- deferred prosecution agreements;
- judicial proceedings;
- administrative adjudications;
- decisions issued by officials, committees, commissions, or boards of a government or governmental entity; and
- any legal actions or hearings in which a liability for the taxpayer is determined or pursuant to which the taxpayer assumes liability.
Exception Clarification and Guidance
As confirmed under the Final Rule, the Section 162(f) exception to the disallowance prohibition requires applicable amounts to be identified in the order or agreement as paid or incurred for restitution or remediation, or to come into compliance with a law. Key components of this exception, particularly to the extent they deviate from the Proposed Rule, are detailed below:
The Final Rule clarified Section 162(f)’s “identification requirement,” which mandates that a qualifying, tax deductible payment must be specifically identified in its applicable order or agreement as restitution, remediation, or amount paid to come into compliance with law. The IRS clarified that it is the order or agreement, and not the taxpayer, that must meet this identification requirement.
According to the Final Rule, this identification requirement will be met even if the order or agreement uses a different form of the key terminology mentioned above (i.e., “restitution, remediation, or amount paid to come into compliance with law”), including alternative language such as ‘‘remediate’’ or ‘‘comply with a law.’’ Similarly, even if those key terms are not used in any form, an order or agreement will meet the identification requirement if “the nature and purpose of the payment, as described in the order or agreement, are clearly and unambiguously to restore the injured party or property or to correct the non-compliance.”
The Final Rule also acknowledges that the precise payment amount relating to “restitution, remediation, or coming into compliance with the law” may be unknown on the date of the settlement agreement or order, particularly in instances where only a lump sum payment is specified or if a payment is divided among multiple taxpayers. The Final Rule clarifies how a taxpayer may meet the identification requirement in these circumstances and also confirms that the identification requirement may be met even if the order or agreement does not provide an estimated payment amount. Particularly in the latter circumstance, the agreement or order must contain language specifically stating that the forthcoming amount, once established, will be paid or incurred in accordance with the Section 162(f) exception requirements.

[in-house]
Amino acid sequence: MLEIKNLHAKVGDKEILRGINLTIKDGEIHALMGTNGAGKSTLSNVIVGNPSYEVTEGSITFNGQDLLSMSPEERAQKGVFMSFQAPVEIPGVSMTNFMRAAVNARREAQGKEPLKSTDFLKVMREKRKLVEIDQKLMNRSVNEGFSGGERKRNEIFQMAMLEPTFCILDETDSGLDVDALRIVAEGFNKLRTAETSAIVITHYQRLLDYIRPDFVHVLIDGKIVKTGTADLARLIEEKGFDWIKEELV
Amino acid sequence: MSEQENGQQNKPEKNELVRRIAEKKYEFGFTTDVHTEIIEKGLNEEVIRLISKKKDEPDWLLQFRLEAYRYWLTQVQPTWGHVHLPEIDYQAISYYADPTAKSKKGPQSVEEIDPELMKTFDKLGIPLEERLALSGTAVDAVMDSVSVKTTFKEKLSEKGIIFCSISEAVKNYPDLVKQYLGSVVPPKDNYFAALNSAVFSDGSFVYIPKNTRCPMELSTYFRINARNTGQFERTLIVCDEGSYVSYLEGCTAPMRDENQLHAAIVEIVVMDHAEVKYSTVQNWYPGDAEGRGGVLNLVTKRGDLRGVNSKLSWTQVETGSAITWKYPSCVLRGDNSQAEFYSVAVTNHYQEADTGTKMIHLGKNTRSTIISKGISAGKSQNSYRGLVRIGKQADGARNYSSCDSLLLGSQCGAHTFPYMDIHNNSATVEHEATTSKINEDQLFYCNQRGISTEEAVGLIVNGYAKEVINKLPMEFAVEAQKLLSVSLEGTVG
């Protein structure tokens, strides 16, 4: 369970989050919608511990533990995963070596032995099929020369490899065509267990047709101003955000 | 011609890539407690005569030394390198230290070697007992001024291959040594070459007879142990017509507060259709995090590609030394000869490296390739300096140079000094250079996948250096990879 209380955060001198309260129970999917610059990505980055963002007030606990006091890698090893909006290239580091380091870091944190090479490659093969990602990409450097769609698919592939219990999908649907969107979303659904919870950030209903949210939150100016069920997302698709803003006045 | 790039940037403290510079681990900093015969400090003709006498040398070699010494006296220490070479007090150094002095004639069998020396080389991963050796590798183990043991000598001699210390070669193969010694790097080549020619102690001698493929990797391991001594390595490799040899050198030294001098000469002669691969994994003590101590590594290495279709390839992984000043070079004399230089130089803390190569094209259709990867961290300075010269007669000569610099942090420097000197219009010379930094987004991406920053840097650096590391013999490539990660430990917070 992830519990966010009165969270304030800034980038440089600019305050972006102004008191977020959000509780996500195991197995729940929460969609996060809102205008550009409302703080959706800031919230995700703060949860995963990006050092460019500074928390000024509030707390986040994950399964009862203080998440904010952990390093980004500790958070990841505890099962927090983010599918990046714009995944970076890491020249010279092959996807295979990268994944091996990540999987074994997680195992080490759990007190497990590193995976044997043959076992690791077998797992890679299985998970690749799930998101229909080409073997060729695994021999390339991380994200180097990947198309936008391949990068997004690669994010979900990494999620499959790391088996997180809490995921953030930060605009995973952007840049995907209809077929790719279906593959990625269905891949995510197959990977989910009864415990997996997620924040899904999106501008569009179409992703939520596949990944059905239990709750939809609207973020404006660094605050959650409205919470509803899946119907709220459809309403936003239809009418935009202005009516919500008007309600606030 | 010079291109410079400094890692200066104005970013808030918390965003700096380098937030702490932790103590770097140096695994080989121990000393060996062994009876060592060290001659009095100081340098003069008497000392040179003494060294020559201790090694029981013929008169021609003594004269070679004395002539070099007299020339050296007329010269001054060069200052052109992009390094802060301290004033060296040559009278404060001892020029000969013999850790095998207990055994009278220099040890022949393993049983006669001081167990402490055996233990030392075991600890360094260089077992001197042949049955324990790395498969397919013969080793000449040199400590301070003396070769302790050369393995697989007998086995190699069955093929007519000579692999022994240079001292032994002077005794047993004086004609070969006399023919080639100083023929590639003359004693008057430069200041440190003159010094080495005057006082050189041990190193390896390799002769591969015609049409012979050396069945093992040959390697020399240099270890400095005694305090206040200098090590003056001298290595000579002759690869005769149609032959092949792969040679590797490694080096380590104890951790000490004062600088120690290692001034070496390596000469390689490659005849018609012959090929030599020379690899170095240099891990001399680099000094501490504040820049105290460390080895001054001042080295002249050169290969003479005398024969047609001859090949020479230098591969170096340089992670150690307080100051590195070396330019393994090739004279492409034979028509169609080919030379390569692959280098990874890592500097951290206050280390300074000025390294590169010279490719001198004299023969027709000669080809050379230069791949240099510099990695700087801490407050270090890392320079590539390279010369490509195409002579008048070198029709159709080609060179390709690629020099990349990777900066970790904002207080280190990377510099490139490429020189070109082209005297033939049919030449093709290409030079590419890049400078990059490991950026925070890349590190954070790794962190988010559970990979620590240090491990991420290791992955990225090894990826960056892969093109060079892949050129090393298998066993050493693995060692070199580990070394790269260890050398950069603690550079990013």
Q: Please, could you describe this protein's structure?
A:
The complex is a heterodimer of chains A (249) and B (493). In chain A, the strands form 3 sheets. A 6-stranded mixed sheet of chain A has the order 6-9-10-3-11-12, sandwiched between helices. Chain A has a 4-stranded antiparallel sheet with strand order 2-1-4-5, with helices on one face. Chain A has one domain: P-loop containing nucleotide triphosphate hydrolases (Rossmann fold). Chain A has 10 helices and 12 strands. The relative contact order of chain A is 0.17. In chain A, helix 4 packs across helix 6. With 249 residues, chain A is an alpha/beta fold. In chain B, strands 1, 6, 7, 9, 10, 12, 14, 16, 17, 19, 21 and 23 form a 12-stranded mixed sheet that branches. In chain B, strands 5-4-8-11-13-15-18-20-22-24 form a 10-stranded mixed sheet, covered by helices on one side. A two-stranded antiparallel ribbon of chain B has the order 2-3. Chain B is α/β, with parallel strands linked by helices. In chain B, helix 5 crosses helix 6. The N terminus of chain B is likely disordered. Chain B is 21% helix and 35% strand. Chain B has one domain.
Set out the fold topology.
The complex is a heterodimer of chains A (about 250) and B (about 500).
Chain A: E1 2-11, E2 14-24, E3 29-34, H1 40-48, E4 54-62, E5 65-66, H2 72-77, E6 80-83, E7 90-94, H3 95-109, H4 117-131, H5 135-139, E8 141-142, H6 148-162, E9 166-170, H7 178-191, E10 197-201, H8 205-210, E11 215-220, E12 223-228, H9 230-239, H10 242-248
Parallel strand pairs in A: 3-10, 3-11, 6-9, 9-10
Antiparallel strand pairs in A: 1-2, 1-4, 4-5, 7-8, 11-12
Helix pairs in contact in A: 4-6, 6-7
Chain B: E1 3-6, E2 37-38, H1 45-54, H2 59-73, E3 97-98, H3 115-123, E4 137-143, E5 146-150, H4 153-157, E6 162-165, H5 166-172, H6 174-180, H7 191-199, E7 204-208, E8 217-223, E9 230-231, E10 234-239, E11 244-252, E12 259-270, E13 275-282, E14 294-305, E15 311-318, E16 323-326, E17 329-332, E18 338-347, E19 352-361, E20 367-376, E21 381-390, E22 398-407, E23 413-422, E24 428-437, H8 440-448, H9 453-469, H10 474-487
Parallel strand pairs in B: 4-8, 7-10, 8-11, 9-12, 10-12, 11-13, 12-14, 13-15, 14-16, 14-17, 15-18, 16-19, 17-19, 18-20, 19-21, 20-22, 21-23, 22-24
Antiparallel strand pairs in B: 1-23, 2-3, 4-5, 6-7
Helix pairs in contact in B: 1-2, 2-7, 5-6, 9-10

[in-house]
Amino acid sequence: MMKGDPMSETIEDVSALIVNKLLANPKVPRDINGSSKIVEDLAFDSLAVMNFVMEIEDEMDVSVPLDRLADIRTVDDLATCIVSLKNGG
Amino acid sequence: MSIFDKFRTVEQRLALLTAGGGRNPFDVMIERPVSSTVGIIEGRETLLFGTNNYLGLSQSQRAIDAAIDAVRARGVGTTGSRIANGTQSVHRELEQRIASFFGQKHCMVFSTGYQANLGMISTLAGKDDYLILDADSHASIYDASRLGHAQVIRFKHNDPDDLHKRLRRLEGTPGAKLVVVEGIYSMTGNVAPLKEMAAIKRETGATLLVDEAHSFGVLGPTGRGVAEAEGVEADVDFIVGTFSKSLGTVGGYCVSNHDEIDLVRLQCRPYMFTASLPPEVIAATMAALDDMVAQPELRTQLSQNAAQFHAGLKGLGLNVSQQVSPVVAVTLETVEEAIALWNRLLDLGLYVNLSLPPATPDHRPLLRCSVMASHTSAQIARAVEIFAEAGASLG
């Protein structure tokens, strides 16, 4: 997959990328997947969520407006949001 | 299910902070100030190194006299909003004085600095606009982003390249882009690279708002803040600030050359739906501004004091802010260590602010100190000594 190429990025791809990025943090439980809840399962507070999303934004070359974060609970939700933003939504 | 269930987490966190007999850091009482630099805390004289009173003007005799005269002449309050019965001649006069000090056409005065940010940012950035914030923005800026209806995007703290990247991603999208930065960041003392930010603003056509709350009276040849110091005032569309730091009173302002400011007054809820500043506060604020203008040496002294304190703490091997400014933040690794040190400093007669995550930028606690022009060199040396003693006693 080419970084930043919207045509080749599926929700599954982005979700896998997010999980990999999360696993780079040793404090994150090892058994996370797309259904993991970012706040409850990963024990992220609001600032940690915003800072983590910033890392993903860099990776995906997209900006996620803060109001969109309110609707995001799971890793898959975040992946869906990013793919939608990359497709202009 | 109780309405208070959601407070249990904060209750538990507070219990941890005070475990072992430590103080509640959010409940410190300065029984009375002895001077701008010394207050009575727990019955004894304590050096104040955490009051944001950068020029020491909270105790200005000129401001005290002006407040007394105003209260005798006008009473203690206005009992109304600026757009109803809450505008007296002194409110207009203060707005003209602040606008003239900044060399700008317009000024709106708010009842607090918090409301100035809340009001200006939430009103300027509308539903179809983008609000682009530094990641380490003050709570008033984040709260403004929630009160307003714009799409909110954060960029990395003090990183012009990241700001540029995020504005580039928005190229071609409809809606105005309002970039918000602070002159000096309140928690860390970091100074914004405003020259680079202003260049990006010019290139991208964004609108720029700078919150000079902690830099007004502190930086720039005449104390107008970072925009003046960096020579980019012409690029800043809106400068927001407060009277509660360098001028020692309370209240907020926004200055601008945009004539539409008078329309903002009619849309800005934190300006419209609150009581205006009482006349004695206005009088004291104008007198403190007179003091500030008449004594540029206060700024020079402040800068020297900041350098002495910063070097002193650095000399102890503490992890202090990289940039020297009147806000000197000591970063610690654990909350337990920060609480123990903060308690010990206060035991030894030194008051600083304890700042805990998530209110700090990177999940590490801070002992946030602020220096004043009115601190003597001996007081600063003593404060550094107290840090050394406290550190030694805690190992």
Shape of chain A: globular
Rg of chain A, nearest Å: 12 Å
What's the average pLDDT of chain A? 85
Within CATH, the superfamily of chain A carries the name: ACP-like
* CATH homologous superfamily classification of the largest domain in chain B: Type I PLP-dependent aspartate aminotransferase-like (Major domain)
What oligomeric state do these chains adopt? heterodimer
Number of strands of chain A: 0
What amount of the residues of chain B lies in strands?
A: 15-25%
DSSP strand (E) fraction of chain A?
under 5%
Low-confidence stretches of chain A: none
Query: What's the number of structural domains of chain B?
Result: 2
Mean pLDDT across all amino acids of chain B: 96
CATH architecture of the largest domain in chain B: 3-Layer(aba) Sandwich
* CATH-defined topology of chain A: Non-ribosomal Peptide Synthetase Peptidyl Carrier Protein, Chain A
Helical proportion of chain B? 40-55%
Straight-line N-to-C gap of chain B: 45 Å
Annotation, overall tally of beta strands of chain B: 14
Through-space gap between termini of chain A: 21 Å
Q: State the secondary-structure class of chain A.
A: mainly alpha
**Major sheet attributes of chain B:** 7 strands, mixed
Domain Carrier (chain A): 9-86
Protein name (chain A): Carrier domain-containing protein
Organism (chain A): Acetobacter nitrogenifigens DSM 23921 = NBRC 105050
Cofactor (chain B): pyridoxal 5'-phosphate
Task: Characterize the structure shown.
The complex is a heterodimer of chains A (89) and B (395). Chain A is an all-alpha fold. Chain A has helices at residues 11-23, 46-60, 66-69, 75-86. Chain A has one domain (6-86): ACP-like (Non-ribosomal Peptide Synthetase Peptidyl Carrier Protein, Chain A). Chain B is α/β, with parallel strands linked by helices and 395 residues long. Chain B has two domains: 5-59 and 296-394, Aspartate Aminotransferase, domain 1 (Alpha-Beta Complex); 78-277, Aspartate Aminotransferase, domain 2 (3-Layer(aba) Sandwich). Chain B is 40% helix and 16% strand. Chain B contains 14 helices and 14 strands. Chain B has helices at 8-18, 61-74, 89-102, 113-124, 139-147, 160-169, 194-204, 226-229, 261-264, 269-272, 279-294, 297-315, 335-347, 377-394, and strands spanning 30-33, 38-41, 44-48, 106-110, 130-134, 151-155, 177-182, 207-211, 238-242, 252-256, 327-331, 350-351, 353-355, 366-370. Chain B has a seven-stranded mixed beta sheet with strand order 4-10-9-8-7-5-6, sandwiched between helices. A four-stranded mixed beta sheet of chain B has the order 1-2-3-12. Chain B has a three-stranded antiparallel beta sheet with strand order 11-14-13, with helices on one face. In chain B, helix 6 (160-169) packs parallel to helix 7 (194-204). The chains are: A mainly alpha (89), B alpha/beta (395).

The TCJA-amended IRC Section 162(f) also requires that a taxpayer establish, with appropriate records and documentation, that a tax deductible amount was actually paid or incurred for the nature and purpose identified above. The final regulations clarify that this “establishment requirement” is met if the documentary evidence submitted by the taxpayer proves: (1) that the taxpayer was legally obligated to pay the amount identified in the order or agreement as restitution, remediation, or to come into compliance with a law, (2) the amount actually paid, and (3) the date on which the amount was paid. The Final Rule expanded upon the Proposed Rule’s non-exhaustive list of documents that can be used to fulfill this establishment requirement, including the following:
- the violated or potentially violated legal or regulatory provision;
- government documents relating to the investigation or inquiry;
- documents describing how the payable amount was determined; and
- correspondence between the taxpayer and government.